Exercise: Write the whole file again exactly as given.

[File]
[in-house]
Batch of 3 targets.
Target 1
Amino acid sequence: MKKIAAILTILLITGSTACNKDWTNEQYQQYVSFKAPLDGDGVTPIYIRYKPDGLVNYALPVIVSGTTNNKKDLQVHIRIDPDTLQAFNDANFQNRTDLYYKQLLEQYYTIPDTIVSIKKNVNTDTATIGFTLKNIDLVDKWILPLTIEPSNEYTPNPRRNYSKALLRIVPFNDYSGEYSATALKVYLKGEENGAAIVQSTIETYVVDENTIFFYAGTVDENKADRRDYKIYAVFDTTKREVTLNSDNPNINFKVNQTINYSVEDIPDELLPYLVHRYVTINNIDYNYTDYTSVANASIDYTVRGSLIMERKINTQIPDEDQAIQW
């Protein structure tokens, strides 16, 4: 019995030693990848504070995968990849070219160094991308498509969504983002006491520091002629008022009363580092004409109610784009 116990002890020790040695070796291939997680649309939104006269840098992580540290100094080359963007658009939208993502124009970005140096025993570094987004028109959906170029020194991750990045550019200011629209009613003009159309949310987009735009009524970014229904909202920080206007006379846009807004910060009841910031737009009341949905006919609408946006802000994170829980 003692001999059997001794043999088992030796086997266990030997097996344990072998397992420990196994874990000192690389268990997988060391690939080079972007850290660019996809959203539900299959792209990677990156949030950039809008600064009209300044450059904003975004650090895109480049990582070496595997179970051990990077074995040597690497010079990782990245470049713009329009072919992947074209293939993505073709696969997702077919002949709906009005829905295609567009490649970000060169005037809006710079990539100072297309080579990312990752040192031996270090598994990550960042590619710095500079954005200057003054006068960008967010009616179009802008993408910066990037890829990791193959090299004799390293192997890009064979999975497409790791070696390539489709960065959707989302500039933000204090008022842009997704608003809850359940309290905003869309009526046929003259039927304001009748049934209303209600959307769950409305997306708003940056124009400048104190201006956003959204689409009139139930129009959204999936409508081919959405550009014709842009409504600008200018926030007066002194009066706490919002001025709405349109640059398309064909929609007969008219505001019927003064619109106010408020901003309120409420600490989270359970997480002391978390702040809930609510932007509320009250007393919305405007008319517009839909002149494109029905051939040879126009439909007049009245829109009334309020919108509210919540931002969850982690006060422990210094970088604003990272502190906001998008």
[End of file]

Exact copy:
[in-house]
Batch of 3 targets.
Target 1
Amino acid sequence: MKKIAAILTILLITGSTACNKDWTNEQYQQYVSFKAPLDGDGVTPIYIRYKPDGLVNYALPVIVSGTTNNKKDLQVHIRIDPDTLQAFNDANFQNRTDLYYKQLLEQYYTIPDTIVSIKKNVNTDTATIGFTLKNIDLVDKWILPLTIEPSNEYTPNPRRNYSKALLRIVPFNDYSGEYSATALKVYLKGEENGAAIVQSTIETYVVDENTIFFYAGTVDENKADRRDYKIYAVFDTTKREVTLNSDNPNINFKVNQTINYSVEDIPDELLPYLVHRYVTINNIDYNYTDYTSVANASIDYTVRGSLIMERKINTQIPDEDQAIQW
């Protein structure tokens, strides 16, 4: 019995030693990848504070995968990849070219160094991308498509969504983002006491520091002629008022009363580092004409109610784009 116990002890020790040695070796291939997680649309939104006269840098992580540290100094080359963007658009939208993502124009970005140096025993570094987004028109959906170029020194991750990045550019200011629209009613003009159309949310987009735009009524970014229904909202920080206007006379846009807004910060009841910031737009009341949905006919609408946006802000994170829980 003692001999059997001794043999088992030796086997266990030997097996344990072998397992420990196994874990000192690389268990997988060391690939080079972007850290660019996809959203539900299959792209990677990156949030950039809008600064009209300044450059904003975004650090895109480049990582070496595997179970051990990077074995040597690497010079990782990245470049713009329009072919992947074209293939993505073709696969997702077919002949709906009005829905295609567009490649970000060169005037809006710079990539100072297309080579990312990752040192031996270090598994990550960042590619710095500079954005200057003054006068960008967010009616179009802008993408910066990037890829990791193959090299004799390293192997890009064979999975497409790791070696390539489709960065959707989302500039933000204090008022842009997704608003809850359940309290905003869309009526046929003259039927304001009748049934209303209600959307769950409305997306708003940056124009400048104190201006956003959204689409009139139930129009959204999936409508081919959405550009014709842009409504600008200018926030007066002194009066706490919002001025709405349109640059398309064909929609007969008219505001019927003064619109106010408020901003309120409420600490989270359970997480002391978390702040809930609510932007509320009250007393919305405007008319517009839909002149494109029905051939040879126009439909007049009245829109009334309020919108509210919540931002969850982690006060422990210094970088604003990272502190906001998008």